Dezzie Leggott stated he operated a livestock auction in Waco and produced a gate receipt showing that on January 27, 1970 "Hal Williams" driving a car, License No. 124389, consigned eight head of cattle to him for sale. He further testified that a check for $1178.69, the selling price of the livestock, made out to "Hal Williams" was later given to the individual who presented the gate receipt.

Wanda Bevins, a teller at the Bank of Commerce in Abilene, stated that on January 28, 1970, R. L. Goble and another man drove up to the bank's drive-in window and deposited three checks, one of which was made out to "Hal Williams" in the amount of $1178.69. She stated that Goble first endorsed it with his name but then handed it to the man with him after she informed him that "Hal Williams" had to endorse it since it was made out to him. Goble kept $678.00 in cash out of the check deposits.

Harlon Davis, one of Johnny Robert Windham's co-workers, testified that Windham was gone from work one afternoon late in January when he returned to the job site and that on another occasion, R. L. Goble and the appellant came out to the site one day during the lunch hour. He could not remember whether that later instance occurred after the former or not.

The State suggests that "[A]ll of the suspicious circumstances are circumstantial evidence and none point directly to the guilt of the appellant but the cumulative effect of all of these is more than sufficient to corroborate the accomplice witness" and cites several cases in support of its contention. However, those cases, such as Horne v. State, Tex.Cr.App., 434 S.W.2d 366; Alexander v. State, 170 Tex.Cr.R. 282, 340 S.W.2d 493, and Rainey v. State, Tex.Cr.App., 401 S.W.2d 606, basically involve *322 situations where the appellant was found near the scene of the crime shortly after its occurrence, in possession of the stolen property or other incriminating evidence. Further, there is no evidence of flight as in Cawley v. State, 166 Tex.Cr.R. 37, 310 S.W.2d 340, also cited by the State.

We have examined the record carefully and conclude that the corroborative testimony is insufficient. There is no evidence that they occurred in the sequence the accomplice witness suggested. The appellant was never seen with the stolen livestock nor is there any corroborated evidence which specifically identifies him in connection with them either at or near the place from where they were stolen or at or near the place where they were sold. There is no corroborated evidence that the cattle stolen from Callahan County were the same ones sold at Waco. There is no evidence of flight.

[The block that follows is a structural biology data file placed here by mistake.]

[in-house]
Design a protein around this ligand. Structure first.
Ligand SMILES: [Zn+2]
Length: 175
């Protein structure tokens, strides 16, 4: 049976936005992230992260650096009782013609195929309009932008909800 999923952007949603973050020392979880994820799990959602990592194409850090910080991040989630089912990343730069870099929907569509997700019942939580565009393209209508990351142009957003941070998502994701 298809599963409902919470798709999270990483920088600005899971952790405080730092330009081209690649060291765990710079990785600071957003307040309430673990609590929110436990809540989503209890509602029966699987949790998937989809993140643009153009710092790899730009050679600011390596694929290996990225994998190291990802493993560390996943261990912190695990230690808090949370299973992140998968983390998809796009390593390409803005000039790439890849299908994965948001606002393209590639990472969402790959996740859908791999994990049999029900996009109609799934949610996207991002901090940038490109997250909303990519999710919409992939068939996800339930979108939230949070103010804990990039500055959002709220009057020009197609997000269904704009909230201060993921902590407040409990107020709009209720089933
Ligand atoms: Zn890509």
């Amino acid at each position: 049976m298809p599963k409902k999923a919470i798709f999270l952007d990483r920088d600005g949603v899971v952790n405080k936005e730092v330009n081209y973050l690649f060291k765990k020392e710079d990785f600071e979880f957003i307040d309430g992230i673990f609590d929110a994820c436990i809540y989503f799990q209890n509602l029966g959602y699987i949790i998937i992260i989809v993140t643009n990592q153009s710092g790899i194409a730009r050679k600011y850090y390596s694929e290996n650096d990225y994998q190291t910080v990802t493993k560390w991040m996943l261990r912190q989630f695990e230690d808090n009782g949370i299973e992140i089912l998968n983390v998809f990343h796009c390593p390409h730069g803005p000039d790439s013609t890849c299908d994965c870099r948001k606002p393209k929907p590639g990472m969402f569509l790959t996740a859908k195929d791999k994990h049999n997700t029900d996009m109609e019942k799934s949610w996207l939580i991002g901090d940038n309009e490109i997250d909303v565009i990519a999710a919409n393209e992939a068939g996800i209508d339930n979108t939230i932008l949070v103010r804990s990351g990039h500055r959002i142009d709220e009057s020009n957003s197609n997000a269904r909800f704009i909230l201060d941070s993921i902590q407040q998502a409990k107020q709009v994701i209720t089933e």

The facts in this case are somewhat similar to those in Nolley v. State, Tex.Cr. App., 368 S.W.2d 218, where the court reversed a conviction for cattle theft and held that the testimony of the accomplice witness was insufficiently corroborated stating:

"While the testimony of the other witnesses shows the theft of the cattle and their sale to a packing company by the accomplice, it does not connect appellant with the theft. None of the witnesses place appellant near the scene of the theft or in possession of the stolen cattle..."

In view of our disposition of this case, it is unnecessary to discuss appellant's other 23 grounds of error. However, in the event of a retrial of this case, we suggest full compliance with Article 38.28, V.A.C.C.P., and the cases cited thereunder concerning impeachment of State's own witness.

The conviction is reversed and the cause remanded.


[1] Article 38.14, V.A.C.C.P., provides: "A conviction cannot be had upon the testimony of an accomplice unless corroborated by other evidence tending to connect the defendant with the offense committed; and the corroboration is not sufficient if it merely shows the commission of the offense."